This piece was a proto-30 minute writing exercise, and written under a slightly different set of circumstances.
They don’t have support groups for me, so I started going to AA meetings. When they would mention “booze” or“alcohol,” I would simply replace the word in my own head as they were speaking.
A guy named Larry was my sponsor. He used to watch hockey games at a pizza place, and quote scripture. Larry made up a lot of stuff: how he had lived in Europe, and how America should drop billions into creating scenic canal systems like the ones they have Europe. Presumably, this was because travelers would be unable to tell the difference between The Mattapoisett River and La Seine. Larry would argue with people even when they agreed with him. I would try to smooth things over with the waitresses and cooks, afterwards.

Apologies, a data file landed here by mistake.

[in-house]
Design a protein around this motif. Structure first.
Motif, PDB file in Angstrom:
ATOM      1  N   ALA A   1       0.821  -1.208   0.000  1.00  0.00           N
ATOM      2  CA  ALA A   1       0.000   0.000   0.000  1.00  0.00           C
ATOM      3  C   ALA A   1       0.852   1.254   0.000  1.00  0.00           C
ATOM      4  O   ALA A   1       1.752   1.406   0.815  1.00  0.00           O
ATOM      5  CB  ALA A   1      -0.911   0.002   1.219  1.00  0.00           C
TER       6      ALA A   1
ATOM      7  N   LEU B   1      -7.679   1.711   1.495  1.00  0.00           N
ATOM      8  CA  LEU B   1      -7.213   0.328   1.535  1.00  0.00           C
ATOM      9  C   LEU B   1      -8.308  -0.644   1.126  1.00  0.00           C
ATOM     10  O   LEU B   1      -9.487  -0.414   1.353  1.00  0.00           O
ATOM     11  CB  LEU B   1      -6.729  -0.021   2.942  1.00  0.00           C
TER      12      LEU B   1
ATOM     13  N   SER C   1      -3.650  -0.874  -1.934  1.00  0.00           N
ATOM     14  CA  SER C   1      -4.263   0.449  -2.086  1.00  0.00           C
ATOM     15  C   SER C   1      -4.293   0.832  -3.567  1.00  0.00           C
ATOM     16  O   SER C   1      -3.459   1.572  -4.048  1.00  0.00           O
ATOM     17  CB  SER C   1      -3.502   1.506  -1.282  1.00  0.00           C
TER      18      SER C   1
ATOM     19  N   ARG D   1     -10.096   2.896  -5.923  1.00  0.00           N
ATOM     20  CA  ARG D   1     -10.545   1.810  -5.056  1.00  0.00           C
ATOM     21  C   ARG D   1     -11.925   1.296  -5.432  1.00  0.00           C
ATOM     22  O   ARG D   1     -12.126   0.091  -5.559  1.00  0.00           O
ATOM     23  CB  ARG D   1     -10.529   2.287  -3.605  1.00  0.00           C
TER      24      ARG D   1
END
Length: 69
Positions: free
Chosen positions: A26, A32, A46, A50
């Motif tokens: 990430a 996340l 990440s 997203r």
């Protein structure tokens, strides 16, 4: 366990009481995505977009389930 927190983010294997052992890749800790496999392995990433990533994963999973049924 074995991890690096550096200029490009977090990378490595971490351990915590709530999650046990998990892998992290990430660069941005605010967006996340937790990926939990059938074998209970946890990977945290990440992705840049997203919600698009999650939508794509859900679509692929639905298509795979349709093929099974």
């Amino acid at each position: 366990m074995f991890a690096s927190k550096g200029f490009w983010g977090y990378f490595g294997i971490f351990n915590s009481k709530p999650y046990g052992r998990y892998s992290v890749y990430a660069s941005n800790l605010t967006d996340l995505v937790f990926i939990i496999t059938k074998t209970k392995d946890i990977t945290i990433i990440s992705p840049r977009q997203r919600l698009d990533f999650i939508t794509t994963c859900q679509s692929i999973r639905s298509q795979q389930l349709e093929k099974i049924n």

He said he could tell that I “got it.” This doesn’t say a whole lot for Larry’s powers of observation.
Earlier, I wrote“They don’t have support groups for me…” You could misunderstand that sentence as meaning “They don’t have support groups for people like me,” but that would be inaccurate.
Once, I snuck into Larry’s house and stole his clothing. A few hours later, I met him at the pizza parlor. I was wearing his Barracuda jacket and his weird loafers. We stayed for three hours. Once again, this plays to Larry’s powers of observation, or lack thereof.
His personality was such that when he went missing, his absence attracted a lot of attention. That was unexpected: most people tried to ignore him when he was around. However, his disappearance left an unnatural void. I probably learned more from that than from anything else.
The Iowa Wild eventually contacted me; they’re an AHL Team based in DesMoines. I became their strength and conditioning coach, which is great. The folks from AA threw a big going-away party for me. I drove to Urbandale, Iowa, wearing one of Larry’s Bruins jerseys, and it was beautiful.
I never did it again.